Mini Blog: How to Pitch Anybody, Anywhere


If you’ve ever watched an episode of Shark Tank, you know that entrepreneurs on the show have a limited amount of time to make a big impression. And though most of us don’t have to pitch in such high-stress environments, our pitches are just as important.


That’s because pitching is simply selling the concept of your product or service to your target audience or potential client.


You’ll pitch on social media, at networking events, and even on phone calls.


And while your pitch doesn’t always have to be super formal (that depends upon the environment/circumstances in which you’re delivering it) having a solid pitch can be the difference in coming across as amateurish and uncertain rather than confident and professional.


Though no two pitches should sound the same, they should all cover some of the same key points. When you’re pitching, the goal is to pique the listener’s (or reader’s) interest in a short amount of time. Essentially, you have to get to the heart of your business idea as thoroughly, quickly, and interestingly as possible.


So, to create your best, most interesting pitch here’s what you’ll need:


A Hook:

The hook is something that catches your audiences’ immediate attention. It can be a fact, startling statistic, even a song or dance. Whatever gets the job done. The hook just needs to be attention-grabbing. You have permission to get creative.


The What:

Explain what you have to offer. Don’t try to fancy it up with slick words. Use plain language and if you have to use industry terms, try to make them as easily understood as possible.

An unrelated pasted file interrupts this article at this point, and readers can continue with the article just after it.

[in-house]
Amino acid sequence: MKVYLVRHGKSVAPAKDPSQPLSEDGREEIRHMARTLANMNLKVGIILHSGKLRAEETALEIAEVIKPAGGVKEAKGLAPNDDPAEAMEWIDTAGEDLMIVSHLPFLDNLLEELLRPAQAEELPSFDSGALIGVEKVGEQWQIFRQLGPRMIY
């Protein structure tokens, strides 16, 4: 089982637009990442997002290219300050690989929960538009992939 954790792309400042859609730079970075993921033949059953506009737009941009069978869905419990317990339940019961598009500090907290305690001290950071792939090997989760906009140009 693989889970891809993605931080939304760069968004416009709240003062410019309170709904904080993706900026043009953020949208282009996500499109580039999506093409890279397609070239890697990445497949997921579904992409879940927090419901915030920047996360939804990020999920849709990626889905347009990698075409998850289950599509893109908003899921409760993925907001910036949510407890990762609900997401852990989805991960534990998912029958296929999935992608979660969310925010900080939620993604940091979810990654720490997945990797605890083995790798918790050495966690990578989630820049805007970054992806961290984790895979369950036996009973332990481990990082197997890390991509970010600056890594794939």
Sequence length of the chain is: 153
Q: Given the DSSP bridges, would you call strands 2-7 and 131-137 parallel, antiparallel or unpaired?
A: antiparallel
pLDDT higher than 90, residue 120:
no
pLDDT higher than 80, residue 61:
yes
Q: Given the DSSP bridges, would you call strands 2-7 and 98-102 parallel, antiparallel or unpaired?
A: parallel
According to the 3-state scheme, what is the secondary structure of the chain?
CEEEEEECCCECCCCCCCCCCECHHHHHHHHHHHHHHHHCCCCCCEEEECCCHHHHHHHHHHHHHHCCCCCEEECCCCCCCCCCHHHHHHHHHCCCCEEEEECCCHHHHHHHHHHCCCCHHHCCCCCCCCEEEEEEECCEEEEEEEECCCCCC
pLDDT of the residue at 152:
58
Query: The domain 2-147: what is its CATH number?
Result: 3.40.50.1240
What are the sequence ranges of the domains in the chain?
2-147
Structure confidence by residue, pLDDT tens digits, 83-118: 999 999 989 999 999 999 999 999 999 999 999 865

For Whom:

Identify and describe the people who will most benefit from what you have to offer. Give only the most important details. How do you decide what’s important? Think about what will most likely influence your intended audience to take the action you want them to take.


And Why:

Why does your audience need what you’re offering? Describe the problem it will solve for them, the impact it will have on their lives, or how it will make them better.


The Difference:

Explain what makes your offer different or better than what’s already out there? If you can’t think of a tangible difference, you have just a little bit of work to do.


End with a Slogan/Tagline:

You may or may not decide to have a tagline. If you do, it should be a creative, clever, and memorable one-liner that describes your idea. Some favorite taglines are:

  • Just Do It!

  • Where’s the Beef?

  • Melt in Your Mouth, Not in Your Hands.


Time:

Address all of the above points in one-three minutes. People are quickly bored. The less of their time you require, the better.


If you’ve never pitched before or need a pitch refresher, this just be a great start.


About Prose & Pens:

Prose & Pens provides content writing and brand messaging services for businesses and professionals. To learn more, visit www.proseandpens.com